Council chiefs have drawn up a hit list of hot topics raised by members of the public on the proposed extension of Edinburgh’s tram line down Leith Walk and on to Newhaven.
They will look at concerns over arrangements for businesses to continue operating during the construction work, financial help for traders and how the construction works will affect residents and commuters.
Other issues highlighted during the six-week consultation, which closed at the weekend, included the need for more pedestrian crossings and signal-controlled junctions on Leith Walk.
The location of the Balfour Street tram stop, and parking and loading on Constitution Street were other concerns.
The council said more than 3,000 people had taken part in the consultation, attending information events, sending in comments by email or completing the consultation online.
Councillors have agreed in principle to the three-mile extension from York Place to Newhaven.
A final decision on whether to go ahead with the expansion of the nine-mile route, which runs from Edinburgh Airport to York Place, is due to be taken in the autumn.
Opponents noted the consultation asked for views on managing traffic during the construction period, support for businesses and the road layout, but did not ask people whether they supported the extension.
Tory transport spokesman Nick Cook claimed the consultation appeared “little more than a superficial publicity exercise”.
He said: “It fails to actually ask residents if they are ‘for’ or ‘against’ the project itself.”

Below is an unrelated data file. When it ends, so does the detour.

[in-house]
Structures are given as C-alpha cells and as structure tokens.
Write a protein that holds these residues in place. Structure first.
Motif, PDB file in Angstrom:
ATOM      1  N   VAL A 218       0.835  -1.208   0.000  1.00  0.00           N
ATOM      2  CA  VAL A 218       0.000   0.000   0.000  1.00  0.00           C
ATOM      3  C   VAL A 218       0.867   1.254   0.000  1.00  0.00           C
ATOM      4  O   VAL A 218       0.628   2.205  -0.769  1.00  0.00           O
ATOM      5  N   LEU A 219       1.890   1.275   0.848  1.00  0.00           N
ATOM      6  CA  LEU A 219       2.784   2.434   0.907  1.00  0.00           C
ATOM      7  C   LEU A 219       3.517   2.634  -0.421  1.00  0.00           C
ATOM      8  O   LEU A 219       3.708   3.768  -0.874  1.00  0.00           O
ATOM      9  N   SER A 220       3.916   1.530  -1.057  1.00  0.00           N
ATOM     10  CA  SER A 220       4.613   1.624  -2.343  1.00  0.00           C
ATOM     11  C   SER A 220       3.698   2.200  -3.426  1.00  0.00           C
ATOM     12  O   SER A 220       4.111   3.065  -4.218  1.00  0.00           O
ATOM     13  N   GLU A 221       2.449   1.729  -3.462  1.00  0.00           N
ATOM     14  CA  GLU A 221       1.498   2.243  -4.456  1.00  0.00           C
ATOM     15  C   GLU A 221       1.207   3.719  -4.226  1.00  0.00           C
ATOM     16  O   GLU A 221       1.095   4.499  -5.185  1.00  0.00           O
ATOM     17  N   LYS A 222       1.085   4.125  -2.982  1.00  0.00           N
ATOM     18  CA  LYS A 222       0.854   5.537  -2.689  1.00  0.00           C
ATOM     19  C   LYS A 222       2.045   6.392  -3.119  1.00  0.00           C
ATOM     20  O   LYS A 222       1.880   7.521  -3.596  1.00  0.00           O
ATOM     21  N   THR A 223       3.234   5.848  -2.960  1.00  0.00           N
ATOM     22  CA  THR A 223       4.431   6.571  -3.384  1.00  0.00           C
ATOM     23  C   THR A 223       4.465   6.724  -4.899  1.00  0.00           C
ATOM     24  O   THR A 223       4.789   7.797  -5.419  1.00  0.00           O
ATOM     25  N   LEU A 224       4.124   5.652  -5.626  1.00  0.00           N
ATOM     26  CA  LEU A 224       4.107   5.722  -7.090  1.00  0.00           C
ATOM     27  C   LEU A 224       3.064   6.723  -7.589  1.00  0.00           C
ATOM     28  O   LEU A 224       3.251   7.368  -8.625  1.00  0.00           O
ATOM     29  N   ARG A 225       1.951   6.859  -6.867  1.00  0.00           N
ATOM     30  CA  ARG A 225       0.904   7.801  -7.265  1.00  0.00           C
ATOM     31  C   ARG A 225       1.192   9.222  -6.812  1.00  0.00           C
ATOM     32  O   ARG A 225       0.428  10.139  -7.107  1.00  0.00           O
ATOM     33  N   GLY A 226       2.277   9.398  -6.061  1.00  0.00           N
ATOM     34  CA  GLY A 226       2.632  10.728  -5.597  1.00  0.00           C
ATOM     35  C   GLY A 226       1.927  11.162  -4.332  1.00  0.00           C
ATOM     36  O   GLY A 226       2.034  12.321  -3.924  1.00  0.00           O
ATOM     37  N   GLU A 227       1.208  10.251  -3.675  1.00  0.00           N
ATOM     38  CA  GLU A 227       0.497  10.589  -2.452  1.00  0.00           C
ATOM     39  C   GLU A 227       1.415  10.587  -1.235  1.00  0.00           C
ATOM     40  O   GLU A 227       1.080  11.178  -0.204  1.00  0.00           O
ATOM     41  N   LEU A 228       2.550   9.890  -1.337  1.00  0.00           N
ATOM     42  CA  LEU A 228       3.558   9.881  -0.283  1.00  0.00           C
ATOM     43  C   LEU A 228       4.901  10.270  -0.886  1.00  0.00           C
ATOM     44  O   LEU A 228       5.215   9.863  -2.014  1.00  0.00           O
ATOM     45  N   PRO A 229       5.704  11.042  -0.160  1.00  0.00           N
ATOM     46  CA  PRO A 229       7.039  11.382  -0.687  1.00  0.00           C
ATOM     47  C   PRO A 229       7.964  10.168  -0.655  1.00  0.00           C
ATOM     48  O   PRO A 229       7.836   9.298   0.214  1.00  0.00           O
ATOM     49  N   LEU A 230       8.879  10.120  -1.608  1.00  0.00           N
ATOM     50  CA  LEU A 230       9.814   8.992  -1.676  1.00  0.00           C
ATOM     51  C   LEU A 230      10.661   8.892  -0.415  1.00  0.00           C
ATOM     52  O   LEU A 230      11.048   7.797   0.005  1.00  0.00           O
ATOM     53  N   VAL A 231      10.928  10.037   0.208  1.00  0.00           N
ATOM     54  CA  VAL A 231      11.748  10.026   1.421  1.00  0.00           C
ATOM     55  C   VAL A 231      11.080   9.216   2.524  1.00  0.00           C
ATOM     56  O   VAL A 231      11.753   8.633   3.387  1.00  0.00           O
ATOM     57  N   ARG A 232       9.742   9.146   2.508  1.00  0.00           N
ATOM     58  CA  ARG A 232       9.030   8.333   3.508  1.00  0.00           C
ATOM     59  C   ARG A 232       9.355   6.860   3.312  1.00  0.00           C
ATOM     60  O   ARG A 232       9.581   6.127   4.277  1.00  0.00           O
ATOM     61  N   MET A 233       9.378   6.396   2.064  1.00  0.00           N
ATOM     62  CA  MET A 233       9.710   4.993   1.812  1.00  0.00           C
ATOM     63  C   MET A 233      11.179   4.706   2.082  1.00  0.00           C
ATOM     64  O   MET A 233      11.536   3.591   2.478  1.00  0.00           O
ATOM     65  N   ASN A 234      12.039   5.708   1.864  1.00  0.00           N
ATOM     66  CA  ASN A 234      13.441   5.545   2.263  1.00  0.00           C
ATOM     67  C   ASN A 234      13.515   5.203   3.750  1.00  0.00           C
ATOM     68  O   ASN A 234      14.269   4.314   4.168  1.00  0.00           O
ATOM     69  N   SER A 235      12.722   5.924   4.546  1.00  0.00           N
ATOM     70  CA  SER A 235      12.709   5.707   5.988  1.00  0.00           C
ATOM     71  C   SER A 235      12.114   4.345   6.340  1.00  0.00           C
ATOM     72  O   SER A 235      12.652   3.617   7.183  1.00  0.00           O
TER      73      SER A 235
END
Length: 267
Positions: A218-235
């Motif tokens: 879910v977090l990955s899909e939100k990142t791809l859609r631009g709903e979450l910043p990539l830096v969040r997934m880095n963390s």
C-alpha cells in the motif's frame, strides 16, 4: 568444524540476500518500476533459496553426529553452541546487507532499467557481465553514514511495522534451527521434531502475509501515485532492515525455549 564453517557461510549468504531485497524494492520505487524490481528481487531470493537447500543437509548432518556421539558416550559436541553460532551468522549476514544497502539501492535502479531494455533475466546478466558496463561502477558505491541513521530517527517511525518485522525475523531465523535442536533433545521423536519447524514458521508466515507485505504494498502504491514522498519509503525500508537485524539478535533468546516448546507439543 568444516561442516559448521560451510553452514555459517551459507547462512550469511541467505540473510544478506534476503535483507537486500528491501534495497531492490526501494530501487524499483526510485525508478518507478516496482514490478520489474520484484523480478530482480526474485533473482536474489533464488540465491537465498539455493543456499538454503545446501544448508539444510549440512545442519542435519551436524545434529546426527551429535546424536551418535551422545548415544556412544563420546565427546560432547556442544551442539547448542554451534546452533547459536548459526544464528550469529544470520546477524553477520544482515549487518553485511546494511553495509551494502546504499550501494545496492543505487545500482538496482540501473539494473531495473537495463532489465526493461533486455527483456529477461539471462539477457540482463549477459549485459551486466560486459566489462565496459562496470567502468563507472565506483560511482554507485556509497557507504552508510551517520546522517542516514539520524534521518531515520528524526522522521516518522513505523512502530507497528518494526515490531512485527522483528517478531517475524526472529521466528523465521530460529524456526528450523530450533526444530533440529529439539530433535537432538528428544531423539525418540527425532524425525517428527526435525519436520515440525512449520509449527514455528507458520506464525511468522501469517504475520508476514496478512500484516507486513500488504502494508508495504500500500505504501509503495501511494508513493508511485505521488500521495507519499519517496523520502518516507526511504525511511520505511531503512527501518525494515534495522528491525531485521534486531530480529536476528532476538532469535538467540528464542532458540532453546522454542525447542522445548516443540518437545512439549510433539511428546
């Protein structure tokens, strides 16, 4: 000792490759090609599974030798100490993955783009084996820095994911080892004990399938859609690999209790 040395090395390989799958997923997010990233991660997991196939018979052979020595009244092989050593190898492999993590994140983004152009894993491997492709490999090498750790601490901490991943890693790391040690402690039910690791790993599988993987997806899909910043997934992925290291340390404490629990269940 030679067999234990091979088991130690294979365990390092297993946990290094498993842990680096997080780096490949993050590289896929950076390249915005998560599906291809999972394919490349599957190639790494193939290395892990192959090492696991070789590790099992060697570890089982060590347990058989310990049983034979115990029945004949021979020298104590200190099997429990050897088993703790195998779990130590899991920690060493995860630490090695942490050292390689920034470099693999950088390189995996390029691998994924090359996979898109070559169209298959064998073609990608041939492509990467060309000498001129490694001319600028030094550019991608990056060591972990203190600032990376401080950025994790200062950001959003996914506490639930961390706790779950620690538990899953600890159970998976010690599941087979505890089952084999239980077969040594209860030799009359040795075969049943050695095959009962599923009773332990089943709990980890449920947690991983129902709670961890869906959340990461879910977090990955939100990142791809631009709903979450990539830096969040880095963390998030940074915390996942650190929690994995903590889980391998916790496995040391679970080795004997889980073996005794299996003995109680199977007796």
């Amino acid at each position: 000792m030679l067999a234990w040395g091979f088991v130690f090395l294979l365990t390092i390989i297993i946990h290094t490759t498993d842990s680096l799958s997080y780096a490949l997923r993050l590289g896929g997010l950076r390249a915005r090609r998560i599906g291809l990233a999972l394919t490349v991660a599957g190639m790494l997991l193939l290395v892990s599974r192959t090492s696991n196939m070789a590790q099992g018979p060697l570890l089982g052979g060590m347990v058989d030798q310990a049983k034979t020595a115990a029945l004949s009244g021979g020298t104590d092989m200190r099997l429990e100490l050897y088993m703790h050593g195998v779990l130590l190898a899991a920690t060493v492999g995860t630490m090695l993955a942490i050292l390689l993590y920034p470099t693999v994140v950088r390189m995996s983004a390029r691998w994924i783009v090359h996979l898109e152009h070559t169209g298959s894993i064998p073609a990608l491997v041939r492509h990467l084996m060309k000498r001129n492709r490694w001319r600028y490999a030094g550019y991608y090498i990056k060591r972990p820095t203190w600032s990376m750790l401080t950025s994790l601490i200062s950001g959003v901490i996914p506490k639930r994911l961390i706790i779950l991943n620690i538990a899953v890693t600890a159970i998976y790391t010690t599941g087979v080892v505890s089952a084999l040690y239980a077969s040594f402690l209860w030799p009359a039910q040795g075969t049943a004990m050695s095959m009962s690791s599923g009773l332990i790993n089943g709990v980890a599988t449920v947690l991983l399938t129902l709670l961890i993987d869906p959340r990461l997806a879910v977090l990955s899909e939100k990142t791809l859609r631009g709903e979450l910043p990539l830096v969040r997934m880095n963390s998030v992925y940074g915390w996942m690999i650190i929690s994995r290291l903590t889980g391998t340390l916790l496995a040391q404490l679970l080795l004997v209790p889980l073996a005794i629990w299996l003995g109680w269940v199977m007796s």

Councillor Cook said an independent consultation commissioned by the council had found 91 per cent of people in Leith were happy with existing public transport and only 42 per cent believed the tram extension would benefit local business. “It is little wonder they are reluctant to ask the question,” he said.
Independent Cllr Lewis Ritchie, who has come out against the extension, said the decision had effectively been made already. “There is a very strong will within the administration to force these plans through,” he said.
Green transport spokesman Chas Booth said extending the tram to Newhaven was “a fantastic opportunity” to create more people-friendly streets in the area “if we get the designs right”. “Greens want to see very significant improvements to the detailed designs for the extension, which put pedestrians first, cyclists second and tram and bus users third,” he said. “Many of the responses to the council’s consultation have made exactly this point, and we agree with them.”
The council said the consultation had highlighted a “misconception” the project would divert resources from other council services when the plan was for all borrowing costs to be met from an extraordinary dividend from Lothian Buses and future tram revenues.
Transport convener Lesley Macinnes said: “The comments will help us make changes to the plans before we consult again towards the end of the summer.” She said in the same survey quoted by Cllr Cook that 59 per cent agreed taking trams to Newhaven would benefit Leith.